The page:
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Smithsonian Tropical Research Institute
Smithsonian Tropical Research Institute

This Snail's Sex Change Is Triggered by Touch

Smithsonian Tropical Research Institute
Smithsonian Tropical Research Institute

Tropical slipper limpets are pretty unremarkable. They spend most of their lives sitting in one spot under a rock filtering their food out of the water. When it comes time for the limpets to mate, though, things get interesting. 

Compared to their body size, male limpets have some of the most impressive penises in the animal kingdom—almost as long as the snail’s entire body. They don’t hang on to these massive members forever, though. Slipper limpets begin their lives as males and turn into females as they age and grow—a process called sequential hermaphroditism. Their penises slowly shrink and then disappear while their female organs develop. 

A recent study in The Biological Bulletin shows that this dramatic change is set off by a simple touch.

Plenty of animals—including some starfish, crustaceans, and fish—change sex at some point in their lives. The timing of a sex change has to do both with an animal’s size and the company it keeps. Bigger animals can produce and carry more eggs than smaller ones, while sperm production is less size-dependent, so the switch usually happens when an animal reaches a certain size. For many sex-changing animals, there’s also a social factor, and the animals in a mating group or population can “tell” each other when it’s the best time to switch.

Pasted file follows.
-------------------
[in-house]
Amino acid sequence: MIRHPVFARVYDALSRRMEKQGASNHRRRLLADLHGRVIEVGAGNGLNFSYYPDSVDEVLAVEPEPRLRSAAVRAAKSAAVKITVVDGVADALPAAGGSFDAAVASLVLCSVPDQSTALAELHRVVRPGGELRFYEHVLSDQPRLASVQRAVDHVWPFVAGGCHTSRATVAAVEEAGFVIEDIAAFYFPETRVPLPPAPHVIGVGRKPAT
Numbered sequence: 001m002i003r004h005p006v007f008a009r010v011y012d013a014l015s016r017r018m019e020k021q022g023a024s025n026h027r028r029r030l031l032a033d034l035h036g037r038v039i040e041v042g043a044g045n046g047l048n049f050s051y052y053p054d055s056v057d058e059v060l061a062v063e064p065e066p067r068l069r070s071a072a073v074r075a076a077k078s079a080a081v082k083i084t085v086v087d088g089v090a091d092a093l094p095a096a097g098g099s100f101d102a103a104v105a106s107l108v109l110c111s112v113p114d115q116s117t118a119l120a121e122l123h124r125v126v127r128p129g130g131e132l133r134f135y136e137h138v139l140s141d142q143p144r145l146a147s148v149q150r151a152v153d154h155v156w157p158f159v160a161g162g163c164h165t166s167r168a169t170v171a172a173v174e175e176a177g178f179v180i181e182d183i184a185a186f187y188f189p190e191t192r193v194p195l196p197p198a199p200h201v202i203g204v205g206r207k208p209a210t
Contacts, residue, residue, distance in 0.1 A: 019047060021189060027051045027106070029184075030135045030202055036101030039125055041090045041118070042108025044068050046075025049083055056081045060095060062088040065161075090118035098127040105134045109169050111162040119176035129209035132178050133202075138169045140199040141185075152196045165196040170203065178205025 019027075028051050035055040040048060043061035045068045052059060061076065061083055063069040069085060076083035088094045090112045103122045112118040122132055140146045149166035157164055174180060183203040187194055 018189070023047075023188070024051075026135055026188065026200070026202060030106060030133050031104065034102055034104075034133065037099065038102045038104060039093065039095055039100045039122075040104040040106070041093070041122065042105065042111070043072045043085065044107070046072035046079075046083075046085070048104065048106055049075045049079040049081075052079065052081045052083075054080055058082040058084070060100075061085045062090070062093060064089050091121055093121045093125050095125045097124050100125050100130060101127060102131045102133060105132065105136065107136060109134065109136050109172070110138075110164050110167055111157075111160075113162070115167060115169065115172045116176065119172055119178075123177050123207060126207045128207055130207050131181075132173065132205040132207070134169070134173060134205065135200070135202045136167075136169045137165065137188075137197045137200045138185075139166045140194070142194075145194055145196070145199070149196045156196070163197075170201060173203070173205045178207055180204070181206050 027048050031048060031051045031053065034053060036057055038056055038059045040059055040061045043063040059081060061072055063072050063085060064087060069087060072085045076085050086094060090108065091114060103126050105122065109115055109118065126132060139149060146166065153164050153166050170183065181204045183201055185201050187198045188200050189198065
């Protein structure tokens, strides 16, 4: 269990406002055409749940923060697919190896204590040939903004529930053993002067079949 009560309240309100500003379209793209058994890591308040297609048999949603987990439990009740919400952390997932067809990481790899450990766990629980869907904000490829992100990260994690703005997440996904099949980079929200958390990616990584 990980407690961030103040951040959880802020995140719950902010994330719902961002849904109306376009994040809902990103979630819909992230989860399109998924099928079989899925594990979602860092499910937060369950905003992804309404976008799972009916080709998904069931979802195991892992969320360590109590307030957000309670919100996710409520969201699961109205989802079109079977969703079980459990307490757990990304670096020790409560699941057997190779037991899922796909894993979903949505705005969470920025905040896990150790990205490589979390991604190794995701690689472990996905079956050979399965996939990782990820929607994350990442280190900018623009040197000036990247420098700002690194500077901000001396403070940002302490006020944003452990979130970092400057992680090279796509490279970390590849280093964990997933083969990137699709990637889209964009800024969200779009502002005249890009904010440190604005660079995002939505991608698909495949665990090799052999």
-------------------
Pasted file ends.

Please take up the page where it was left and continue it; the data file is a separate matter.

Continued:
Chemical cues are used by sea snails and other mollusks to warn one another about predators, recognize each other, and choose sites to live, among other things. Rachel Collin, a biologist at the Smithsonian Tropical Research Institute, figured that limpets used similar chemical signals to prompt each other's sex changes, too.

To test that idea, she and intern Allan Carrillo-Baltodano collected small male slipper limpets at Playa Chumical on Panama’s Pacific coast. They paired the snails off and placed them in different cups of seawater that allowed them different degrees of access to any chemical cues their cup mates might release. In some cups, the snails were free to roam around and come in contact with each other. In others, a mesh barrier kept them on separate sides of the cup. Some of the barriers had a finer mesh that only allowed water through, while others were a little wider and let the snails touch each other through the screen. Still other pairs were separated by fine mesh, but the snails were switched from one side of the cup to the other every week, letting them come in contact with their cup mate’s pedal mucus, the gluey substance snails and slugs use to help them move around.